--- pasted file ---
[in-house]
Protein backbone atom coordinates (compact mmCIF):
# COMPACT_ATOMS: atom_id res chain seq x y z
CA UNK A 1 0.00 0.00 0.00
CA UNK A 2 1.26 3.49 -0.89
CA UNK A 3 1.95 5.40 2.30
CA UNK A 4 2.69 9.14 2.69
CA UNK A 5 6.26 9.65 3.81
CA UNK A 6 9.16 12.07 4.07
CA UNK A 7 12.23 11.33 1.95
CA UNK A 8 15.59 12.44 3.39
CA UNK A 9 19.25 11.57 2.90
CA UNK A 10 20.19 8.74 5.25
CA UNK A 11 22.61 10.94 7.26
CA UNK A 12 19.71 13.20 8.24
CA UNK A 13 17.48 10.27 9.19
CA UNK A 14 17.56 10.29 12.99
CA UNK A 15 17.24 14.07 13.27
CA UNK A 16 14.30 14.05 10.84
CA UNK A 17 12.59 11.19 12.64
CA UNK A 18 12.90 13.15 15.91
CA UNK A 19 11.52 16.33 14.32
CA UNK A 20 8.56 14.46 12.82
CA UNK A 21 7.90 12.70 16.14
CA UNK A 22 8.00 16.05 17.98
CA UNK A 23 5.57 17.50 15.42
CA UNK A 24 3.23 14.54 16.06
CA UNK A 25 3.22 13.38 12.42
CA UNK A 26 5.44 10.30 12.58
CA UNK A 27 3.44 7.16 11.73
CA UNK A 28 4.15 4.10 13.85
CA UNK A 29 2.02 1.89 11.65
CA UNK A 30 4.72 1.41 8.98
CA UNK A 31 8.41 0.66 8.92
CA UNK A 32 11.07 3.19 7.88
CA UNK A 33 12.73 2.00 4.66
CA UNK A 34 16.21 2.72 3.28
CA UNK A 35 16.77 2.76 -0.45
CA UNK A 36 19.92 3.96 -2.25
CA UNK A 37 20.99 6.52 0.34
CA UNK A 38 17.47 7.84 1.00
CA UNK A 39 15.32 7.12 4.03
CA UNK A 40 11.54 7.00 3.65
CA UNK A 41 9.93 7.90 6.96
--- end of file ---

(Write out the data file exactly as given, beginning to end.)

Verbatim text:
[in-house]
Protein backbone atom coordinates (compact mmCIF):
# COMPACT_ATOMS: atom_id res chain seq x y z
CA UNK A 1 0.00 0.00 0.00
CA UNK A 2 1.26 3.49 -0.89
CA UNK A 3 1.95 5.40 2.30
CA UNK A 4 2.69 9.14 2.69
CA UNK A 5 6.26 9.65 3.81
CA UNK A 6 9.16 12.07 4.07
CA UNK A 7 12.23 11.33 1.95
CA UNK A 8 15.59 12.44 3.39
CA UNK A 9 19.25 11.57 2.90
CA UNK A 10 20.19 8.74 5.25
CA UNK A 11 22.61 10.94 7.26
CA UNK A 12 19.71 13.20 8.24
CA UNK A 13 17.48 10.27 9.19
CA UNK A 14 17.56 10.29 12.99
CA UNK A 15 17.24 14.07 13.27
CA UNK A 16 14.30 14.05 10.84
CA UNK A 17 12.59 11.19 12.64
CA UNK A 18 12.90 13.15 15.91
CA UNK A 19 11.52 16.33 14.32
CA UNK A 20 8.56 14.46 12.82
CA UNK A 21 7.90 12.70 16.14
CA UNK A 22 8.00 16.05 17.98
CA UNK A 23 5.57 17.50 15.42
CA UNK A 24 3.23 14.54 16.06
CA UNK A 25 3.22 13.38 12.42
CA UNK A 26 5.44 10.30 12.58
CA UNK A 27 3.44 7.16 11.73
CA UNK A 28 4.15 4.10 13.85
CA UNK A 29 2.02 1.89 11.65
CA UNK A 30 4.72 1.41 8.98
CA UNK A 31 8.41 0.66 8.92
CA UNK A 32 11.07 3.19 7.88
CA UNK A 33 12.73 2.00 4.66
CA UNK A 34 16.21 2.72 3.28
CA UNK A 35 16.77 2.76 -0.45
CA UNK A 36 19.92 3.96 -2.25
CA UNK A 37 20.99 6.52 0.34
CA UNK A 38 17.47 7.84 1.00
CA UNK A 39 15.32 7.12 4.03
CA UNK A 40 11.54 7.00 3.65
CA UNK A 41 9.93 7.90 6.96